Posts Tagged ‘facedetection’

9 Features Every DSLR Should Have Now

dslrcut

They say that the DSLR’s better days are behind it, but it’s still the choice for most working pros. Rapid advances on point and shoots, ILCs (mirrorless interchangeable lens cameras) and smart phones have left the DSLR looking like the camera of yesteryear, so here are a few features we think every DSLR should have now. Read more…

Using a Face Detector to Generate Creepy Mugs from Random Polygons

The man in the moon and the face on mars. These are both the result of a psychological phenomenon known as pareidolia, which involves the brain trying to perceive random signals as significant. It’s one of the brain’s face detection mechanisms, and causes us to see faces where they don’t actually exist — the Virgin Mary’s face on toast, for example.

Programmer Phil McCarthy decided to play around with the idea of paredoila in artificial intelligence, and created a program called pareidoloop. It uses face detection algorithms to “see” human faces in randomly generated polygons.
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Apple to Use Face Detection for Exposure Metering and Snappy Autofocus

Apple camera patent for face detection exposure metering

Face detection has become the snapshot photographer’s invaluable assistant in ensuring tack-sharp faces, but soon it’ll be able to add two more job responsibilities to its resume: exposure metering and speedier autofocus. Two patents recently awarded to Apple show that future iOS cameras (perhaps the next iPhone?) will have standard camera features that rely much more on face detection technology. The first patent, titled “Dynamic exposure metering based on face detection“, allows the camera to automatically select faces as the primary target for metering. In more difficult situations — group shots or people standing in front of a crowd, for example — the camera will use factors such as “head proximity” to select the primary subject.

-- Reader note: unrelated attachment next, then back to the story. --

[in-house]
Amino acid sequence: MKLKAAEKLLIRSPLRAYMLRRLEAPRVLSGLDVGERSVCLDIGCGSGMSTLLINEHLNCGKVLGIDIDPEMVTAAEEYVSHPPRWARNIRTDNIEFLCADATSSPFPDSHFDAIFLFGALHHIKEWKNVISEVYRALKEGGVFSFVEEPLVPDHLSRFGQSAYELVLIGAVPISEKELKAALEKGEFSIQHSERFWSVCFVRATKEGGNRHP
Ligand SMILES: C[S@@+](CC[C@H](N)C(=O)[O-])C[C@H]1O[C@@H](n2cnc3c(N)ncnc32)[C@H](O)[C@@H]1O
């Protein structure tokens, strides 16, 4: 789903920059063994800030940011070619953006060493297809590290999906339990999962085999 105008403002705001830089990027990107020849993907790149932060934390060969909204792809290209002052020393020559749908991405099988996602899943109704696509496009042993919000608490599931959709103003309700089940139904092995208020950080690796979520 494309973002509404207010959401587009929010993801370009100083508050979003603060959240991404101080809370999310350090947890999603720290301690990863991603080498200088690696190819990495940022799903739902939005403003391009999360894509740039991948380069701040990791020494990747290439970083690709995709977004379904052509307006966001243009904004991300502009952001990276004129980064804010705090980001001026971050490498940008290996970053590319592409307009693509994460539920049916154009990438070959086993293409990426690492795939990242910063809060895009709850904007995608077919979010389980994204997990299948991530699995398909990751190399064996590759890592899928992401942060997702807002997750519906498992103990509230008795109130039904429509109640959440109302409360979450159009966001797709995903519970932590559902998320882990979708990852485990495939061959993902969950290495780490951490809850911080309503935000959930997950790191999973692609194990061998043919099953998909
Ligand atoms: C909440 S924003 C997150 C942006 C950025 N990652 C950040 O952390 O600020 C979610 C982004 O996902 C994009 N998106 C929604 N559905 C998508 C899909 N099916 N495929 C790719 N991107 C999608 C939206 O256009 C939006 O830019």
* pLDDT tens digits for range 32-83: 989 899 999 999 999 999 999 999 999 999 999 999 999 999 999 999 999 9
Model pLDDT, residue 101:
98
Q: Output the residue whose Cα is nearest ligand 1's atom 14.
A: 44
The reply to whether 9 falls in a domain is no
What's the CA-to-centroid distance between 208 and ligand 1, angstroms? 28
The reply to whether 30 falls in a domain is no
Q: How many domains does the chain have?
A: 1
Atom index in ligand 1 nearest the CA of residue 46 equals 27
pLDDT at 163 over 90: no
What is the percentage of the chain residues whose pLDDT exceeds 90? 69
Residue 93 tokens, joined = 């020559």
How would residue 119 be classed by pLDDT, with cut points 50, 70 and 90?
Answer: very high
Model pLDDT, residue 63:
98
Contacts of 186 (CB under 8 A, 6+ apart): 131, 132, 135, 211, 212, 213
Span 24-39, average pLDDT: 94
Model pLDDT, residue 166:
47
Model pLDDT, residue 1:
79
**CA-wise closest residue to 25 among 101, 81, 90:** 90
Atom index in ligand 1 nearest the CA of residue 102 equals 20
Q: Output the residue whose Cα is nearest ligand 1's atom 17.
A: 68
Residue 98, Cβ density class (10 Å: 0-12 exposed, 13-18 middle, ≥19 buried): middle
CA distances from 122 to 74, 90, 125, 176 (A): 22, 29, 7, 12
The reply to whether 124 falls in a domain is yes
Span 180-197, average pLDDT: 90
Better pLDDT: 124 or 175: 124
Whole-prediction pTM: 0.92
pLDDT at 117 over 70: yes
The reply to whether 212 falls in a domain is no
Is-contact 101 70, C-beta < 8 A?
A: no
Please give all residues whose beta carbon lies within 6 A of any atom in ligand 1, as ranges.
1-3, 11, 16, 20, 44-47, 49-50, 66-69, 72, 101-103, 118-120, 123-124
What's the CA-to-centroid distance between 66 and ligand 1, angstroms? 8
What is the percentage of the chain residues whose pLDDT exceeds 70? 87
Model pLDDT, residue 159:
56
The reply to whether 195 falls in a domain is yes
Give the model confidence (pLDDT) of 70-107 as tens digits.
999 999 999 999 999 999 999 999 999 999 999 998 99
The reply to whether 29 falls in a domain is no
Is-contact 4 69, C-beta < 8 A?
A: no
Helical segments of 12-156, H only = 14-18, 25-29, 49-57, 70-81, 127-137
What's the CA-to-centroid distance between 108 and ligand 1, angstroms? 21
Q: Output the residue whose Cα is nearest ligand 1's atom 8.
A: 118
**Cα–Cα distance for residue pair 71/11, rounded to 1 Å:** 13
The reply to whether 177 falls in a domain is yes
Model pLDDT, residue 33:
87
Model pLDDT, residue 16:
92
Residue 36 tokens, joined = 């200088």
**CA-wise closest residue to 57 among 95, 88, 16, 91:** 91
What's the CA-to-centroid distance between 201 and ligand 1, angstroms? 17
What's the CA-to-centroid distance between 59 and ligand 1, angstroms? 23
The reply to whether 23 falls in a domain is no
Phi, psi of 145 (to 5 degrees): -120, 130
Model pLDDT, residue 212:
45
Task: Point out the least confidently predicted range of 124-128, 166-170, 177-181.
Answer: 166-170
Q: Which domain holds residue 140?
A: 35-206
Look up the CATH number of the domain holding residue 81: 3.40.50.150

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Canon Face Recognition Feature Gives Friends Preferential Treatment

Canon’s latest compact cameras at CES this year have some fancy new facial recognition features that assist in portrait shots. Up to 12 people can be stored in the camera. Simply snap a photo of your friends face, provide the friend’s name (and birthday if you wish), and the camera will recognize your friend from that point forward. In group shots, the camera will give your friends’ faces preferential treatment, making sure that they’re properly in focus and exposed.
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Face Swap App Lets You Quickly Swap Faces With Friends

It looks like Microsoft is finally putting its war chest and brilliant minds to good use: the company has released a new free app for Windows Phone users called Face Swap. The app uses face detection to let you quickly switch the faces of subjects in your photos. Simply shake the phone and faces will be swapped! The resulting face swap photos can be saved or shared on social networking websites. Hopefully they turn this into a web app soon.

Face Swap (via Engadget)

Apesnake: A Photobooth Triggered by Facial Expressions